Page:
What I learned from building Cool Cats NFT

Solidity — seriously

Published in
10 min readJul 6, 2021


Cool Cats is the second solidity contract I have ever published on the Ethereum blockchain, and I was a solidity noob through and through.

We all have to start somewhere and I want to share my whole uncensored NFT journey with you.

How it all started

One day I spotted a cute pixel NFT and I instantly fell in love with the cute animated characters. I was early to the game but didn’t have much ETH in my wallet, so I bought just one.

I didn’t pay much attention to my new NFT until it hatched during the reveal event. I then spent the whole day looking at all the new characters that had been generated, digging around to figure out how everything was working and sketching out what I thought was the minting process, but everything seemed to link back to the solidity contract and it looked scary.

A few days passed by and I woke up one morning feeling code-brave. Cracked open Google and started trying to understand a few solidity contracts.

I failed.

In the end, I asked Lynq to help me dig into things and together we finally started to make some headway towards understanding NFTs. And it wasn’t until I worked my way through this article that everything really clicked.

Testing testing testing — MoonKids

With a basic understanding of how NFTs worked, I started to build out my own project on the Rinkeby testnet — MoonKids.

I knew I wanted to create a generative pixel project, but I didn’t have the time to really pixel a lot of graphics, so I headed over to this awesome dollmaker and created a ton of test images.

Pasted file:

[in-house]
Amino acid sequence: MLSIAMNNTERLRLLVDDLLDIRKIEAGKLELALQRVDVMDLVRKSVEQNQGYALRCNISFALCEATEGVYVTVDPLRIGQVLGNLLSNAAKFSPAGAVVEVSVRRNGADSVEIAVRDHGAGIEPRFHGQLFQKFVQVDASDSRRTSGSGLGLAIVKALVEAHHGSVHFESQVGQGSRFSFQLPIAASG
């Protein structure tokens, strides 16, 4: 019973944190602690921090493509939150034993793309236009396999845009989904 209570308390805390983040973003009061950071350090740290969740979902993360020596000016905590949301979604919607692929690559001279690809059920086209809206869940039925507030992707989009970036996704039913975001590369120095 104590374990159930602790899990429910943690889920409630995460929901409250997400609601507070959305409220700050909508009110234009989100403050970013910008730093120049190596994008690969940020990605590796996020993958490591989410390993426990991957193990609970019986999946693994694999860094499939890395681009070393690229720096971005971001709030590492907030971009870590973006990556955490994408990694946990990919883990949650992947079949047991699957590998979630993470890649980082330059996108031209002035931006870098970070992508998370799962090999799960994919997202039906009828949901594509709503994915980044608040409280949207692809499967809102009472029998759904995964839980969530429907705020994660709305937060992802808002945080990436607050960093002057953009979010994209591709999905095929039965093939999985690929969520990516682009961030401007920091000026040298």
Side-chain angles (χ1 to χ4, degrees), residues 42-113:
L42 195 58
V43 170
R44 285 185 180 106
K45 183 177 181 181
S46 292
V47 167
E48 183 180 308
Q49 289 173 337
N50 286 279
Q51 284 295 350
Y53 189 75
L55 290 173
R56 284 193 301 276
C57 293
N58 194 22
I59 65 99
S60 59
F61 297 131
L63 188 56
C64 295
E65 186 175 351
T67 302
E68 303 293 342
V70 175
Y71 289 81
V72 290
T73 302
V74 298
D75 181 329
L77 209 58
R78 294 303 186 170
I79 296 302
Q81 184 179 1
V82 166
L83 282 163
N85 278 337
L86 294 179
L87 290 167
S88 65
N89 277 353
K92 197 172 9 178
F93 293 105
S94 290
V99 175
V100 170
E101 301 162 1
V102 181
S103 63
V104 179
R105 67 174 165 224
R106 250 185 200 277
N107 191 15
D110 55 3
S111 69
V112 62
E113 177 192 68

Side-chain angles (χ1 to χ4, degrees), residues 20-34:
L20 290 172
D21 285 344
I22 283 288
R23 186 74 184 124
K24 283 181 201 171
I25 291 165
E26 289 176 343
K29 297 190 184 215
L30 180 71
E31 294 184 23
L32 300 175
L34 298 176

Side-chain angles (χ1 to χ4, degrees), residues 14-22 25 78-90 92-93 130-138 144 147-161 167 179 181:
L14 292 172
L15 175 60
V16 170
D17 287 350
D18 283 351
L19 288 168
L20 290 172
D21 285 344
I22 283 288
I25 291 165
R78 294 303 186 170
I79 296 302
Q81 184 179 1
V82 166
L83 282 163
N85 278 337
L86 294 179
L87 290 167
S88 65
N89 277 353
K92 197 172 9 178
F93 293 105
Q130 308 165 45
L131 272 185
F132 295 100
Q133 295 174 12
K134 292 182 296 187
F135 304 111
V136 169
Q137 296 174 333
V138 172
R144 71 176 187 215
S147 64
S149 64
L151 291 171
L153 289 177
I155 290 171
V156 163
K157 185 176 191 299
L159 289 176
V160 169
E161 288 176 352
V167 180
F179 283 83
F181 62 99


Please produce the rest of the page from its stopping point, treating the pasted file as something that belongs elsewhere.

With the addition of a few layers: pets, planets, balloons, and backgrounds, I had all the graphical assets I needed. Time for the scary bit — solidity.

Honestly, I have lost count of the number of MoonKids test contracts I wrote. It took me a long time to finally nail down the logic behind Opensea showing the image from the metadata on their website.

I told you I was a solidity noob :)

Finally, I got everything working, and I even managed to figure out how to mask metadata pre-minting, so people can’t data hunt for the rarest tokens.

Time to hit the mainnet

I was feeling confident that I could now build a solid solidity contract, so I convinced Lynq (took all of 5 seconds) to help me out, hired some pixel artists, and began work on Faticorns.

The early days were mostly trying to figure out our character design and building our character layering system with PHP. This was the easy part as both Lynq and I have a combined 30+ years PHP experience. Yes, we are older than you might think :)

The artwork was an evolving process, but we finally settled on the above card format. The example is missing the randomized name and #id.

I put together a contract and we launched, selling to a single person — the awesome Shamdoo. Sadly, we had not perfected our system, and he felt the gas too high. We immediately stopped the sale and went back to the drawing board. And yes we fully refunded him, gas and all.